balanced empty nest

5 Tips for Achieving a Balanced Empty Nest

As children grow up, they leave the nest and move out on their own. But what happens after kids leave the house?

This is especially true for many parents recently who might have ‘re-captured’ their children during the COVID pandemic. Especially for college aged kids and young single adult children, many came home to ride out the pandemic with a close family group. Now that the worst of the pandemic has subsided and the world is re-opening, parents are possibly sending the kids back out of the ‘nest’ for a second time.

“Empty nesters” are individuals who have once had one or more children in their house, but now are on their own. The carpool requirements are gone. The dinner planning have changed, because you are cooking for two… or just one. 

The Empty Nest can often feel lonely and bored, and many wonder whether they will ever experience life again without their kids around.

What felt like purpose and ‘balance’ is not off-kilter. How do you achieve that balance again in this new ’empty nest’ lifestyle.

Don’t Be Afraid to Ask for Help.

If you’re an empty nester, you know what we mean. And if you aren’t, you soon will be. As children age, they tend to ‘leave the nest’. That’s a healthy thing for everyone… right?

Yes, it is healthy for everyone. And it’s natural.

That’s why it’s important to remember that you aren’t alone. There are plenty of other empty nesters out there who understand what you’re going through. 

If you find yourself feeling lonely and bored, there are things you can do to help yourself feel better. You might try joining an online community where other empty nesters share experiences and advice. Or you could join a local group of empty nest parents. These groups provide opportunities to meet new friends and make new connections.

Take Care of Yourself

Being alone isn’t necessarily bad. In fact, some people enjoy being by themselves. However, when you spend too much time alone, you might start to feel sad or depressed. This is called loneliness.

Loneliness can lead to feelings of sadness, anxiety, anger, and even thoughts of suicide. If you ever have those thoughts of harming yourself, dial 988 or go to 988lifeline.org immediately.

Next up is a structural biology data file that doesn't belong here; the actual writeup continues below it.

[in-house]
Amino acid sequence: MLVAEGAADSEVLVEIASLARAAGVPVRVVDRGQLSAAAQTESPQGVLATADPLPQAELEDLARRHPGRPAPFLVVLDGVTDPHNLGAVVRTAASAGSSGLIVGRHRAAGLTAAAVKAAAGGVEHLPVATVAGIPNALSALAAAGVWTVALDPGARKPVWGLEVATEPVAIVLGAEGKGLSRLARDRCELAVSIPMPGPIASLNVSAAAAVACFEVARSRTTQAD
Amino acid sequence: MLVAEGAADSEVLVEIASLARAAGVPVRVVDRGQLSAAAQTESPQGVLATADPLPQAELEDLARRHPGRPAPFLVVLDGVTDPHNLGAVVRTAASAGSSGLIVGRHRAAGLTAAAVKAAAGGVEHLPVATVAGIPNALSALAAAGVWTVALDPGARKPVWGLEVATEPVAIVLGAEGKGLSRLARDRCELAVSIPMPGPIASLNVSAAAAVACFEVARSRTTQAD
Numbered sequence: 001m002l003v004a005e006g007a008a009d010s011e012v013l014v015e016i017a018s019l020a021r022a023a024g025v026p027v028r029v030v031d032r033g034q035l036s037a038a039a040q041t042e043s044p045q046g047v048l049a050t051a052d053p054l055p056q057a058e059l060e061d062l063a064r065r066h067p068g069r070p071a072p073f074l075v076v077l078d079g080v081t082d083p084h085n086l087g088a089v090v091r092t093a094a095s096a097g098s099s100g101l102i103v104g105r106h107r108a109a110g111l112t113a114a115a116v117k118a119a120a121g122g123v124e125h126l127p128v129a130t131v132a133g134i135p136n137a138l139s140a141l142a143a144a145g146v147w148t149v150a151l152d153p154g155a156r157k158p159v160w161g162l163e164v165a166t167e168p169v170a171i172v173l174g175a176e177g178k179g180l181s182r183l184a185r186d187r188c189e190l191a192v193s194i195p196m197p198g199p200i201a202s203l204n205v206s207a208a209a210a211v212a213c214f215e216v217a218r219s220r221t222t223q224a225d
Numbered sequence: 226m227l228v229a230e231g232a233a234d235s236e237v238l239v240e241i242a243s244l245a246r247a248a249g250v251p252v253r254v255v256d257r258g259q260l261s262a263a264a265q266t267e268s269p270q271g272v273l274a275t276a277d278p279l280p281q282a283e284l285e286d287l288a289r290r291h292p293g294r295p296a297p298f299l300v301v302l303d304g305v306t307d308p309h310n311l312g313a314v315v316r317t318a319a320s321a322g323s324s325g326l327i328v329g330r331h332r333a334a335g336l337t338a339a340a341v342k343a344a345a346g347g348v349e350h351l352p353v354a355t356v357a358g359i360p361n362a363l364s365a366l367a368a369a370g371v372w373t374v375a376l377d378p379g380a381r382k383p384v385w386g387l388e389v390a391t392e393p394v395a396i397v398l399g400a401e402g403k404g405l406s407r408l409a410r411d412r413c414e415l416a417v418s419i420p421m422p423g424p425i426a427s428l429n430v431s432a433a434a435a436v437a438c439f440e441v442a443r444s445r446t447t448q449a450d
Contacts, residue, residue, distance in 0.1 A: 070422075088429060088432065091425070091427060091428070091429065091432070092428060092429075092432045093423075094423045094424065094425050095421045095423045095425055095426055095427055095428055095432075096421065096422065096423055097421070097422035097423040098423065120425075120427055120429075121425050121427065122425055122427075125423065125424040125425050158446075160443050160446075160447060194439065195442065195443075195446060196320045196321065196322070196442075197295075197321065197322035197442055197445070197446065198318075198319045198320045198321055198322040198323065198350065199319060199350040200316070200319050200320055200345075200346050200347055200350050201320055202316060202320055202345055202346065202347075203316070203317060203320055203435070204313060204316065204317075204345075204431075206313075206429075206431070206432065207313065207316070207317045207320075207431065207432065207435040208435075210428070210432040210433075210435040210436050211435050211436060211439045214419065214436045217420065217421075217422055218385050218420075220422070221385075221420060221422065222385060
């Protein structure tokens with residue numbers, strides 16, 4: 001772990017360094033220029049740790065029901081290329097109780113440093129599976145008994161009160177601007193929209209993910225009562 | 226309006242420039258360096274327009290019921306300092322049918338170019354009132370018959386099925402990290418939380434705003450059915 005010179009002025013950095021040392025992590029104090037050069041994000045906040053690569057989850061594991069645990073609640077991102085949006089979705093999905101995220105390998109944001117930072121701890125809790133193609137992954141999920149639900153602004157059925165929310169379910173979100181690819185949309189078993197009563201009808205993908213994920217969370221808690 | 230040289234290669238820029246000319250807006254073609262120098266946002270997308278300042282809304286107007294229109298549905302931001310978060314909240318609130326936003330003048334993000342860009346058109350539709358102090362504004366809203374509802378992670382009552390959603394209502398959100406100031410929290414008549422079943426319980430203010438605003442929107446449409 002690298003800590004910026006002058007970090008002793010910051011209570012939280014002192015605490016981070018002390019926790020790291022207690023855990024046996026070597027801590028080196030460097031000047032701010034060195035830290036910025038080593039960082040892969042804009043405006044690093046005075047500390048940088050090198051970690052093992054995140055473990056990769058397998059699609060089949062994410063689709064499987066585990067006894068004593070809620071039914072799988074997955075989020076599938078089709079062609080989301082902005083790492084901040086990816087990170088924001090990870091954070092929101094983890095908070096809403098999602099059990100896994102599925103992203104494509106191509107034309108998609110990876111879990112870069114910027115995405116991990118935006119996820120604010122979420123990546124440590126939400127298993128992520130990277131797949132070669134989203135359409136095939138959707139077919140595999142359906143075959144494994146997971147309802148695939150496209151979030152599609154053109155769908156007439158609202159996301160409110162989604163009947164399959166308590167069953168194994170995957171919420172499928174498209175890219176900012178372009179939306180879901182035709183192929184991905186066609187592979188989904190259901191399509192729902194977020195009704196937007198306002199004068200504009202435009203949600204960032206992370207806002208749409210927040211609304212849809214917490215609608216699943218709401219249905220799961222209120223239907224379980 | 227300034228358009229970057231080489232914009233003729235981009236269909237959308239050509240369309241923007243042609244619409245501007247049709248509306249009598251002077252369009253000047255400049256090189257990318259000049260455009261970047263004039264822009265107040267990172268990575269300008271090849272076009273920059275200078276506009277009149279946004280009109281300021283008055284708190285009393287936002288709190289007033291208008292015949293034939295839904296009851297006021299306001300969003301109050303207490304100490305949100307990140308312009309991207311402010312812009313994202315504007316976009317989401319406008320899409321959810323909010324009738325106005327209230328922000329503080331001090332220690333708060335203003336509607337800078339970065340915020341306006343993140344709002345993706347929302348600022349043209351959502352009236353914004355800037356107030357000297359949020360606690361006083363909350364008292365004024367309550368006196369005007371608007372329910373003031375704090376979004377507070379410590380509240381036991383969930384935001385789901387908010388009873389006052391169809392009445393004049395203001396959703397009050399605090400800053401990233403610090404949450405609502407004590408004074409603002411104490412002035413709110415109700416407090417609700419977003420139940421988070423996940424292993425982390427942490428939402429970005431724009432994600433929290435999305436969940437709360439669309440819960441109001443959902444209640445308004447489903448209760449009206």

If you are dealing with emotions of sadness or emptiness, its important to talk to a professional. They can help you develop coping skills for addressing these feelings in a healthy way.

If possible, look at this time of your life as a ‘me moment’. What have you wanted to do that you put off due to family obligations? Maybe its time to begin that health regime. Or perhaps a trip to a faraway location is in your near future.

Give yourself permission to be a bit ‘selfish’ for a while.

Don’t Lean too heavily on Your Partner

If you are in an empty nest with your partner, try to remember that they are possibly going through their own ’empty nest issues’. This may not be the best time to lean on them for your emotional relief. If they are still processing their emotions, they may exhibit anger or withdrawal.

Be loving and respectful to each other and acknowledge that each of you have to deal with your emotions individually… but together. Sometimes, that mean that each of your might need more space to internalize their feelings. Other couples though may embrace each other and celebrate the start of their new chapter in life. Each couple is different.

Talking about your feelings honestly with each other is probably the best way to make sure both of you are understanding each others’ needs. If you find that there is an unusual level of conflict when discussing your feelings, you might want to include a professional in the conversation to help you both unravel those feelings.

Have fun with grandkids (or someone else’s kids)

If you’re feeling lonely and missing your children’s daily presence, try spending more time with friends or family members. Or, consider volunteering at an organization that helps others… especially if the activity includes younger people. Volunteering can help you meet new people and make new friends.

Perhaps, you will have grandkids come into your life. This can be a joyous time for grandparents. Grandparents get to ‘spoil’ little ones, then hand them back to their parents when everyone’s tired and ‘cranky’. (Remember, that is the ‘job’ of the parent.)

Find Ways to Stay Active.

There are studies that indicate how physical health and emotional health are interconnected. You might not think of yourself as an active person, but there are lots of ways to stay fit and healthy. Try walking instead of driving when possible. Take the stairs instead of the elevator. Park farther away from stores so you walk longer distances. And, if you work outside the home, take breaks during the day to stretch and do some light exercise.

We hope that these tips will give you some ideas on how to ‘balance’ the emotions of becoming an empty nester. Not all suffer from this life transition… but, you may not be one of them.

Promise, it will get better.

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